In the centre of the cave, O’Connell’s fellow Catholic Association members are gathered around a large cauldron in the manner of Macbeth’s three witches. They each intone their own rhyme as they attempt to summon up a revolution, the lyrics of which collectively refer to the various strains of popery, criminality, and deception that they hope to visit on the Irish people. Arms and other military stores are stockpiled to their right. The cases engraved with the words “Arms collected by Captain Rock’s faithful soldiers” and “Subscriptions from renegade Protestants. Dawson & Co”. The latter is a reference to George Robert Dawson, Sir Robert Peel’s brother-in-law, who had outraged Irish Protestants by delivering a speech at an Orange Order dinner on 12th August 1828 in which he expressed sympathy for the Catholics plight and urged the audience to accept their emancipation. The rest of the cave is littered with disparaging visual references to Irish nationalism, Catholicism, rebellion, and war.

The print provides a disparaging commentary on O’Connell’s victory in the Clare by-election of 1828. Catholics were barred from holding office as MPs under the terms of the Act of Union of 1801. However, the law did not specifically prohibit them from running for election. By fighting and winning a by-election, O’Connell precipitated an immediate constitutional crisis, forcing the government to choose between violating its own anti-Catholic laws and unconstitutionally disenfranchising Irish voters. As politicians in London struggled to solve this conundrum, the mood in Ireland grew ugly. The Catholic Association began preparing for large-scale public demonstrations against the decision to bar O’Connell from office, whilst Protestant groups also began mobilising for armed confrontation with the Catholic majority. Eventually London, fearing that the country was on the brink of a rebellion, forced an emancipation bill through a reluctant House of Lords, abolishing a raft of discriminatory legislation which dated back to mid-seventeenth-century.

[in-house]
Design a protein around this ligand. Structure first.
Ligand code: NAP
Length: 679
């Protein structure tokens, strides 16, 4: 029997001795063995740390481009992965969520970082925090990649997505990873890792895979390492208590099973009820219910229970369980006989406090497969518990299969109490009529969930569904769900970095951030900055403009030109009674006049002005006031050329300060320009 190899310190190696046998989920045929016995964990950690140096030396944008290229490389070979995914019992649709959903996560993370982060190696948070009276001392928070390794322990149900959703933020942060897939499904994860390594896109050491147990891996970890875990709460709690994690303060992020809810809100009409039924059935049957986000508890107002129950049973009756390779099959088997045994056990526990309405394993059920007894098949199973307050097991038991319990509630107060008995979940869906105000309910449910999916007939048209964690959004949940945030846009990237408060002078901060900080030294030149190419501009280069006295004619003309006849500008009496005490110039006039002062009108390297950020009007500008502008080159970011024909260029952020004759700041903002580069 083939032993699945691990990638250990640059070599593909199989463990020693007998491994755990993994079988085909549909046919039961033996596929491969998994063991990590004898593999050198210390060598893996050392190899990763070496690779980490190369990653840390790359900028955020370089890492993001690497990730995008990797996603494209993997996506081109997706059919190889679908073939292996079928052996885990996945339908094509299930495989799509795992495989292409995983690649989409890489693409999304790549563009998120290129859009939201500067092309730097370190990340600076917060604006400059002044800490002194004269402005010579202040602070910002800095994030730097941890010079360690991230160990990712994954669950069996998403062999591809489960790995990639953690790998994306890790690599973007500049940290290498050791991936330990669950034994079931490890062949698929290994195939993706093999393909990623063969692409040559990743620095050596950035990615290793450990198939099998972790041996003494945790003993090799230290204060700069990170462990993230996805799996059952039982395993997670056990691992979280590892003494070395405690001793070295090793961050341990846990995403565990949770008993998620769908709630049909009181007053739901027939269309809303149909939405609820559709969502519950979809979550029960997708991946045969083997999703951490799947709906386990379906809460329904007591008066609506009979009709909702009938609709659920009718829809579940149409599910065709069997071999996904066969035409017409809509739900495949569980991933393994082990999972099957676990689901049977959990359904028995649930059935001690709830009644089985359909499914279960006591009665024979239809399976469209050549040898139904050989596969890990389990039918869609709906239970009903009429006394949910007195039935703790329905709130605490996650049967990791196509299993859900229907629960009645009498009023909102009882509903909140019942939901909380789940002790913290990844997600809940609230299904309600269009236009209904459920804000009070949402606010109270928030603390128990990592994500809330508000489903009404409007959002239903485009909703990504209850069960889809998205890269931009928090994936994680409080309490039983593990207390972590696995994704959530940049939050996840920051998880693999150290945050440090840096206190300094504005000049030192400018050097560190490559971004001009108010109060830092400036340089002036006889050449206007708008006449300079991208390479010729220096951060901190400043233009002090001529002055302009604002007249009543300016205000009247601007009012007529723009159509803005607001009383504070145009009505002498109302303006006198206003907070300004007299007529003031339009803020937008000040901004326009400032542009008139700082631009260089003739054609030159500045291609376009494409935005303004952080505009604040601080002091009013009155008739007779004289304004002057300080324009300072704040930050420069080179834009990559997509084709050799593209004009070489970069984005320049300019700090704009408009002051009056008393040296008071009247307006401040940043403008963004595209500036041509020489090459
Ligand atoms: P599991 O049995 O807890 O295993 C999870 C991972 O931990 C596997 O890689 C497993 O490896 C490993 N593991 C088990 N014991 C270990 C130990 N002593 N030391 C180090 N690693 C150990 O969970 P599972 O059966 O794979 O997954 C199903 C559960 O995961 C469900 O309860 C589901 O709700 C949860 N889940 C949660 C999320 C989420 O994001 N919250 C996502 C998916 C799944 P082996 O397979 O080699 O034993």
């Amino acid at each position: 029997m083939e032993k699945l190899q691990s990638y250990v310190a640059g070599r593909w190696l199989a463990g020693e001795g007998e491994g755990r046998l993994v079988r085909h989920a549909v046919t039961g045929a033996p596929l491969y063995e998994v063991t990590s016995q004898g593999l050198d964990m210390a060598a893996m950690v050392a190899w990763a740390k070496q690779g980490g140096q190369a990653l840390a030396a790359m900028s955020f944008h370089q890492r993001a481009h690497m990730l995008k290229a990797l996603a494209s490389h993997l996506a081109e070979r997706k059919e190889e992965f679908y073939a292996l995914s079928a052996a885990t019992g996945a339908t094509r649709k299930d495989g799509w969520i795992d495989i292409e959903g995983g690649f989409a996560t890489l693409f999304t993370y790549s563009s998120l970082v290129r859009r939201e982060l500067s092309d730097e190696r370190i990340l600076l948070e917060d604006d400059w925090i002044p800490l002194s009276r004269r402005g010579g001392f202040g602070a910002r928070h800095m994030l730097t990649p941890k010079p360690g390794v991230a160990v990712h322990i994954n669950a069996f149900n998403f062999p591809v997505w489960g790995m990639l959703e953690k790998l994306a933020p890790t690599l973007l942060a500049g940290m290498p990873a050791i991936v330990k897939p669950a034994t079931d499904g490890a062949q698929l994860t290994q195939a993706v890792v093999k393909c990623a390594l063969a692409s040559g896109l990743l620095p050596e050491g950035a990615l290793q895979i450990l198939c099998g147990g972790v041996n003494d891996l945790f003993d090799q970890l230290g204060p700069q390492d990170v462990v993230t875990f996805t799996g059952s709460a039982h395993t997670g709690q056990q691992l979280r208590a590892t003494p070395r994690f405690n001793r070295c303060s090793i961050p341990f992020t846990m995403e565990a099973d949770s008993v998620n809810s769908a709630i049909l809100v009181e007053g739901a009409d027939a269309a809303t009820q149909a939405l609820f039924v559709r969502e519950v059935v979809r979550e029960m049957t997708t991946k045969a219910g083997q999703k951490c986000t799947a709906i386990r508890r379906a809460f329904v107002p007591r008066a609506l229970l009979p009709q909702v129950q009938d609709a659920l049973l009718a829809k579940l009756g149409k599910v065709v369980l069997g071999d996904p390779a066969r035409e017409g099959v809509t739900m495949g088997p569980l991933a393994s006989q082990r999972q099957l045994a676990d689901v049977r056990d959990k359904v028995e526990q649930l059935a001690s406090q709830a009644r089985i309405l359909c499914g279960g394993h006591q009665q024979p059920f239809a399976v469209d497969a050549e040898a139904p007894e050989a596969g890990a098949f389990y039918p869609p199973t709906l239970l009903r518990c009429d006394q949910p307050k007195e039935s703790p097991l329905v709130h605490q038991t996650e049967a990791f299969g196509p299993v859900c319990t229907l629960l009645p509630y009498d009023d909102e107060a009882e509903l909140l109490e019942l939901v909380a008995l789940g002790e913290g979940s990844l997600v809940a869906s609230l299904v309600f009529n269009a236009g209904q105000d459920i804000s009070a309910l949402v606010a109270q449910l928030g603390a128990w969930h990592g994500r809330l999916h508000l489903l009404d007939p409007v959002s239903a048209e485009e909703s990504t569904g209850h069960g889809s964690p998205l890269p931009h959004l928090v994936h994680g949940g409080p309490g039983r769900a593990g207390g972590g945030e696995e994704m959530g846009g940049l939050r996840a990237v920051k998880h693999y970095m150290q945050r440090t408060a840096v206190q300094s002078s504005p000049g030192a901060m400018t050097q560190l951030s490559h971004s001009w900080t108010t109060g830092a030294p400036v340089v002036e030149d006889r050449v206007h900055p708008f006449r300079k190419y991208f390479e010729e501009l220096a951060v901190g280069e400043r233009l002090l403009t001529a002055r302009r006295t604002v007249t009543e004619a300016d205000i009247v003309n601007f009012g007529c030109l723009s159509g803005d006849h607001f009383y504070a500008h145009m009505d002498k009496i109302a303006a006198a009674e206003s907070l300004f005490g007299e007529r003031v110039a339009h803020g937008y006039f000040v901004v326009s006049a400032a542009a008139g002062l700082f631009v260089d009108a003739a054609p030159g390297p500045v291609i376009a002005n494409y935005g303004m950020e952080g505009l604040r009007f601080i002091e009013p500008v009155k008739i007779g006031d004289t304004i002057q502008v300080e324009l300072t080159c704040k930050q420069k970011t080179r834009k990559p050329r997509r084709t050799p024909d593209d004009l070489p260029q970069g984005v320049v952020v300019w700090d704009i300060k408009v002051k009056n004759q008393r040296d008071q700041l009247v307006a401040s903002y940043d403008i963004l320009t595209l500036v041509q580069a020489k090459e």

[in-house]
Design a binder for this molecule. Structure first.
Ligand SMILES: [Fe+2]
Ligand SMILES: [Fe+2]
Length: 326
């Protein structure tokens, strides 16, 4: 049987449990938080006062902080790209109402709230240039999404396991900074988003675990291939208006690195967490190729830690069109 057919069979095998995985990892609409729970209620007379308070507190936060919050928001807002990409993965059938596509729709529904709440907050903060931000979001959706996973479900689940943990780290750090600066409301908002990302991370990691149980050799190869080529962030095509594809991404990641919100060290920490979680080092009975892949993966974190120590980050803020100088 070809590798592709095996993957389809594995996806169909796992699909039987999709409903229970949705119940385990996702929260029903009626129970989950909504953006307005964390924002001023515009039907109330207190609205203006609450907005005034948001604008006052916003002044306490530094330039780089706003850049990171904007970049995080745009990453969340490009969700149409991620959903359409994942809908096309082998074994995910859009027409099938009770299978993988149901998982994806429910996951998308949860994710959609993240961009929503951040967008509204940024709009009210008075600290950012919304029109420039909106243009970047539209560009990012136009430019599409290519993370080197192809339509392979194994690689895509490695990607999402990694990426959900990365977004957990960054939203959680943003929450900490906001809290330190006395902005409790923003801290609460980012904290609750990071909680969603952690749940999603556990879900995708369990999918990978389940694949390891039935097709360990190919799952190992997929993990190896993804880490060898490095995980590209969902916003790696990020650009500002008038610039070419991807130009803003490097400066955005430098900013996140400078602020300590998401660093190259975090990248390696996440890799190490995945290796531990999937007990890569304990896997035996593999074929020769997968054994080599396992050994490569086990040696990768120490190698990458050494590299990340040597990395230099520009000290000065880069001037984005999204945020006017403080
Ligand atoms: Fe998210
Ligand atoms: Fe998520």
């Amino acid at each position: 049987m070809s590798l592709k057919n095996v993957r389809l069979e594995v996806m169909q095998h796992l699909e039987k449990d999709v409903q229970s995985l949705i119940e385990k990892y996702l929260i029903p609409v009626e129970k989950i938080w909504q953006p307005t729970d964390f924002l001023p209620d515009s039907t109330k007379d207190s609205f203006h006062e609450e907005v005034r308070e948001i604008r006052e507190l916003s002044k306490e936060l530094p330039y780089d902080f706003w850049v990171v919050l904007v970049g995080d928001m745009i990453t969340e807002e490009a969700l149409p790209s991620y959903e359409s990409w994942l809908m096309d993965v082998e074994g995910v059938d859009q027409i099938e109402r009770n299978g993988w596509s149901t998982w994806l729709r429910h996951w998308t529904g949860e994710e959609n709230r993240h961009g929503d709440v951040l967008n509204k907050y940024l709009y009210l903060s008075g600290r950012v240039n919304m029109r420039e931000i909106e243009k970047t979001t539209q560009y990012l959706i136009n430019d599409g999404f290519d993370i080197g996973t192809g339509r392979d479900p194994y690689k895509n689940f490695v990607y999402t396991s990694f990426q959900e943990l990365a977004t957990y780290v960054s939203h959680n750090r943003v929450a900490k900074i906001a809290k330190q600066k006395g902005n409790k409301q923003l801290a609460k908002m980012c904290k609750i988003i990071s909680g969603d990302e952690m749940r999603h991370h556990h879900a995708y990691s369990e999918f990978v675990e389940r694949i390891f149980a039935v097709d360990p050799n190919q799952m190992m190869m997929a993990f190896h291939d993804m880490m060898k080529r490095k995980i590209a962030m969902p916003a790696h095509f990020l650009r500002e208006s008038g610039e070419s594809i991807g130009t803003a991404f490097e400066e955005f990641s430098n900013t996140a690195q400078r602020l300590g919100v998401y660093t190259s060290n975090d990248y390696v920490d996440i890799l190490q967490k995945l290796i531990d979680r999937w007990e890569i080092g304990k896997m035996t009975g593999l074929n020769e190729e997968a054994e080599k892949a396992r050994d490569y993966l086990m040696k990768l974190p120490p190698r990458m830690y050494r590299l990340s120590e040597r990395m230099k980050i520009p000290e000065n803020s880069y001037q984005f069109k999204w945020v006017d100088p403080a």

The print was published by Holbrooke & Sons of 15 Anglesea Street, Dublin, in August 1828. This was the firm of John Holbrooke, or Holbrook, an engraver and printer who later went into business with his son William. An early twentieth-century dictionary of Irish artists states that Holbrooke senior was born in 1778 and attended the Dublin Society School (the Irish equivalent of the Royal Academy) from 1790 onwards. His business at 15 Angelsea Street appears in Dublin trade directories for the period from 1815 to 1830 and is consistently described as that of an ‘engraver and copperplate printer’, although all of his surviving works are lithographs rather than copperplate etchings. By 1838, the business had passed into the ownership of William Holbrooke (fl.1828 – 1848) who later relocated it to Grafton Street and Crow Street before emigrating to America.

Like most satirical prints of this era, the image speaks to the political views of middling and upper class consumers drawn predominately from the ranks of Ireland’s Protestant community.

A collection of original works by Thomas Rowlandson

There’s a veritable flood tide of original works by Thomas Rowlandson coming up for auction in the UK at the moment. These include genre scenes, character studies and a few humorous pictures. Perhaps the most interesting is The Wigsteads: A Christening which depicts Rowlandson’s friend and fellow caricaturist Henry Wigstead (1745 – 1800) and his family. Although I also have a soft spot for the untitled caricature of a group of drunken students being sternly regarded by their tutors. It appears as though some things never change.

I should point out, before anyone gets all excited and starts emailing me to enquire whether I’d be willing to sell this drawing or that drawing, that none of these pictures belong to me and I’m not offering them for sale. The images are taken from various sale catalogues and are being shared here in order to record original works which would otherwise disappear into anonymous private collections once the auctions have taken place.

 ‘The Afternoon Visit’, n.d., pen, ink and watercolour, 15 x 24cm

‘The patient’, n.d., pen, ink and watercolour 16.5 x 11.5cm

‘Interior scene’, n.d., pen, ink and watercolour, 10 x 17.5cm

The Wigsteads: A Christening, n.d., pen, ink and watercolour 17 x 30cm

 

‘Outside the Oyster Room’, n.d., pen, ink and watercolour, 13 x 9.5cm

Chamber Council, n.d., pen, ink and watercolour, 15 x 19cm

Oakhampton, Cornwall, 1816, pen, ink and watercolour, 16.5 x 24cm

 

‘At the Cottage Door’, n.d., pen, ink and watercolour, 14.25 x 9.5cm

 

 

‘Student drinking club’, n.d., pen, ink and watercolour, 26.5 x 32.5 cm